Facebook rolls out its long-awaited timeline feature today, a function that I implemented a few weeks ago just to get things over with. I don’t have time to love or hate it, but the new layout requires you to choose a huge banner-like picture to display as part of your profile page. In what was practically a reflex, I chose a close up picture of my eyes — they’re my eyes, part of my face, it’s my profile, so what, right? A few days later I got a message from an¬†acquaintance (notice I did not use the word “friend”), who attempted to break the long-frozen ice between us with the opener “Hey Thembi! I can see you’re as much into the new Facebook profile as you are into yourself! Nice ‘look at my face’ billboard lol”

Girl, please.

First of all, this is my Facebook profile we’re talking about here. It’s supposed to have my face on it. Not only that, but I was actually pretty apprehensive about letting folks see a close-up of my eye region because my sun exposure has been high and my eye cream usage low — they are definitely the eyes of a grown woman, if you catch my drift. The nerve of that chick!

I’ve since ignored her silly message and taken the time to comb through her photos (not impressed) so I feel fine dismissing her lame attempt at re-entering my life as a frenemy as sheer hateration. I have my highs and lows like anyone, but I’ve earned every drop of my self-esteem and no one is taking it away with some silly Facebook message accusations.

But the incident made me wonder: how comfortable with ourselves do we have to seem before people take us as vain? How much effort should we put into “dumbing down” our confidence so that people don’t see us that way? And how often do we decide that people (especially other women, sadly) are stuck on themselves when they are really just trying to make do with what they’ve got?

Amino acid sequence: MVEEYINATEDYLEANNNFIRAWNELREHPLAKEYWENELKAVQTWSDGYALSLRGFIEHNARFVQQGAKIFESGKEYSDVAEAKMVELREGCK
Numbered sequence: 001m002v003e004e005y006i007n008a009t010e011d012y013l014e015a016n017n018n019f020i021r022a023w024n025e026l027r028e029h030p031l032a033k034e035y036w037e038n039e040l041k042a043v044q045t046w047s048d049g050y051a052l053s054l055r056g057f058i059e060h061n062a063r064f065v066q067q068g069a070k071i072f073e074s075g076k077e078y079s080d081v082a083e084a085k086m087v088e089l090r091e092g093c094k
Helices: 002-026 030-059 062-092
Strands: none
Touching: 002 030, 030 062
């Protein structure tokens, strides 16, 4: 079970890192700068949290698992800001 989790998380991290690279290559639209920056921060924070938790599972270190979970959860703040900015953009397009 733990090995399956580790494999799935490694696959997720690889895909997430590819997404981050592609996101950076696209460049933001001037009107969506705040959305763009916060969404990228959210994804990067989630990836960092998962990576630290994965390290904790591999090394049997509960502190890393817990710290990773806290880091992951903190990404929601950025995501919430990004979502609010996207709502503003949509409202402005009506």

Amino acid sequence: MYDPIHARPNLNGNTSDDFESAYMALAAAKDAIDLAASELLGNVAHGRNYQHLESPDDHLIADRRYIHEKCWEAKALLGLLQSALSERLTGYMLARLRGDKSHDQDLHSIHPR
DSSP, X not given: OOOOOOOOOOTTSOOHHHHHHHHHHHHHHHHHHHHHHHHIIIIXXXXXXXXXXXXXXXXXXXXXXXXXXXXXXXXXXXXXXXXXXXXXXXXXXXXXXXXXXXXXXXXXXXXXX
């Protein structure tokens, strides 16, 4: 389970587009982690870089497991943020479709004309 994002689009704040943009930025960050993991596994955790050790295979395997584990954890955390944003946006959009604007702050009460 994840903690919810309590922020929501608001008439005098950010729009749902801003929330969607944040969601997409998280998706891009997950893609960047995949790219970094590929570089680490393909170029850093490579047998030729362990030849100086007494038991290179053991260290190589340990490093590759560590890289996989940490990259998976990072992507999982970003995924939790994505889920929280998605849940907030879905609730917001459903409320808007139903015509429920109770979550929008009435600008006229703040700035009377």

What do you think? Share your experiences in the comments!

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  • BrooklynZoe

    When I was a Facebook user, I would see a lot of materialistic, self absorbed crap like posting pics of a closet full of shoes talking about “Look at my shoe game” or ” I got it made.” And I also noticed how Facebook became a tool to live a fake life. People I knew who were broke was posting about $500 dresses and Jimmy Choos

  • I’ve often wondered the same thing. I live in a particularly depressed city in the midwest where a most people (women, black AND white) do not put any effort into their appearance whatsoever. They dress as though they’ve just given up on life altogether. In this kind of environment it can be so easy to dumb down your efforts and just join the fray. I refuse to blend in. I get dressed every single day, just to drop my kids off at school. I refuse to let the way other women see themselves dictate how I see myself. And just as an FYI about 90% of my wardrobe comes from the thrift store. I’ve become quite a savvy thrifter, and I find really awesome things, so it’s not like I’m spending my husband’s paycheck on clothes.

    Of course my self-esteem comes from just how I dress, but I feel that it is reflected in the time and care I take to groom myself.

    • OOps , I meant to say that my self-esteem DOESNT just come from clothes.
      Editing is fundamental :)